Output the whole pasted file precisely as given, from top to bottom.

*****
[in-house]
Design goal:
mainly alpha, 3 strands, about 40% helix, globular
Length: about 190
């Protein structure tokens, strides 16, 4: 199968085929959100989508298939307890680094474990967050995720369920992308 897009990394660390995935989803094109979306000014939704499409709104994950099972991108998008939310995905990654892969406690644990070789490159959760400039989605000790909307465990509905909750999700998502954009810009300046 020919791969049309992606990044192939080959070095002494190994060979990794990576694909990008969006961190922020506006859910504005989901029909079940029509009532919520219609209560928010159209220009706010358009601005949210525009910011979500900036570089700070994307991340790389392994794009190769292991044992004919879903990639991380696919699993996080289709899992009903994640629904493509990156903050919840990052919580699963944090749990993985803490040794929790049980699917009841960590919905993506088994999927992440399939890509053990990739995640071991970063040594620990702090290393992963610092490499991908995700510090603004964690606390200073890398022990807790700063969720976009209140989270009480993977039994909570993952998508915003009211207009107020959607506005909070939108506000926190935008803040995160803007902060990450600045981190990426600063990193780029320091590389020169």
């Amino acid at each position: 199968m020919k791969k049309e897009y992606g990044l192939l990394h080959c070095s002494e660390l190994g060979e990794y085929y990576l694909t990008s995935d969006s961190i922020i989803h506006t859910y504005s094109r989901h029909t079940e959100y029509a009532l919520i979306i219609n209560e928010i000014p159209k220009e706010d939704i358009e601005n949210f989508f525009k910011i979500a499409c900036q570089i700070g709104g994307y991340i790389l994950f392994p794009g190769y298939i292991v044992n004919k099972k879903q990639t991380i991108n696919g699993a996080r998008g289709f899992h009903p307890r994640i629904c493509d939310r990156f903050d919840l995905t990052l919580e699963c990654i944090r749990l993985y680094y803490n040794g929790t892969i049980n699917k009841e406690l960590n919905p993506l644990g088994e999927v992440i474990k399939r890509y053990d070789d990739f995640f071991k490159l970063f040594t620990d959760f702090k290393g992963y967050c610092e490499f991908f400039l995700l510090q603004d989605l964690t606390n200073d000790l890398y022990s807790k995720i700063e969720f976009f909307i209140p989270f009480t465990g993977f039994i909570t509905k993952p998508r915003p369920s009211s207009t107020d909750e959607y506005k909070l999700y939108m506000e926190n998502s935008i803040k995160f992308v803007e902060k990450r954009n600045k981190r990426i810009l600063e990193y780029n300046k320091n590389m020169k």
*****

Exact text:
[in-house]
Design goal:
mainly alpha, 3 strands, about 40% helix, globular
Length: about 190
């Protein structure tokens, strides 16, 4: 199968085929959100989508298939307890680094474990967050995720369920992308 897009990394660390995935989803094109979306000014939704499409709104994950099972991108998008939310995905990654892969406690644990070789490159959760400039989605000790909307465990509905909750999700998502954009810009300046 020919791969049309992606990044192939080959070095002494190994060979990794990576694909990008969006961190922020506006859910504005989901029909079940029509009532919520219609209560928010159209220009706010358009601005949210525009910011979500900036570089700070994307991340790389392994794009190769292991044992004919879903990639991380696919699993996080289709899992009903994640629904493509990156903050919840990052919580699963944090749990993985803490040794929790049980699917009841960590919905993506088994999927992440399939890509053990990739995640071991970063040594620990702090290393992963610092490499991908995700510090603004964690606390200073890398022990807790700063969720976009209140989270009480993977039994909570993952998508915003009211207009107020959607506005909070939108506000926190935008803040995160803007902060990450600045981190990426600063990193780029320091590389020169």
């Amino acid at each position: 199968m020919k791969k049309e897009y992606g990044l192939l990394h080959c070095s002494e660390l190994g060979e990794y085929y990576l694909t990008s995935d969006s961190i922020i989803h506006t859910y504005s094109r989901h029909t079940e959100y029509a009532l919520i979306i219609n209560e928010i000014p159209k220009e706010d939704i358009e601005n949210f989508f525009k910011i979500a499409c900036q570089i700070g709104g994307y991340i790389l994950f392994p794009g190769y298939i292991v044992n004919k099972k879903q990639t991380i991108n696919g699993a996080r998008g289709f899992h009903p307890r994640i629904c493509d939310r990156f903050d919840l995905t990052l919580e699963c990654i944090r749990l993985y680094y803490n040794g929790t892969i049980n699917k009841e406690l960590n919905p993506l644990g088994e999927v992440i474990k399939r890509y053990d070789d990739f995640f071991k490159l970063f040594t620990d959760f702090k290393g992963y967050c610092e490499f991908f400039l995700l510090q603004d989605l964690t606390n200073d000790l890398y022990s807790k995720i700063e969720f976009f909307i209140p989270f009480t465990g993977f039994i909570t509905k993952p998508r915003p369920s009211s207009t107020d909750e959607y506005k909070l999700y939108m506000e926190n998502s935008i803040k995160f992308v803007e902060k990450r954009n600045k981190r990426i810009l600063e990193y780029n300046k320091n590389m020169k």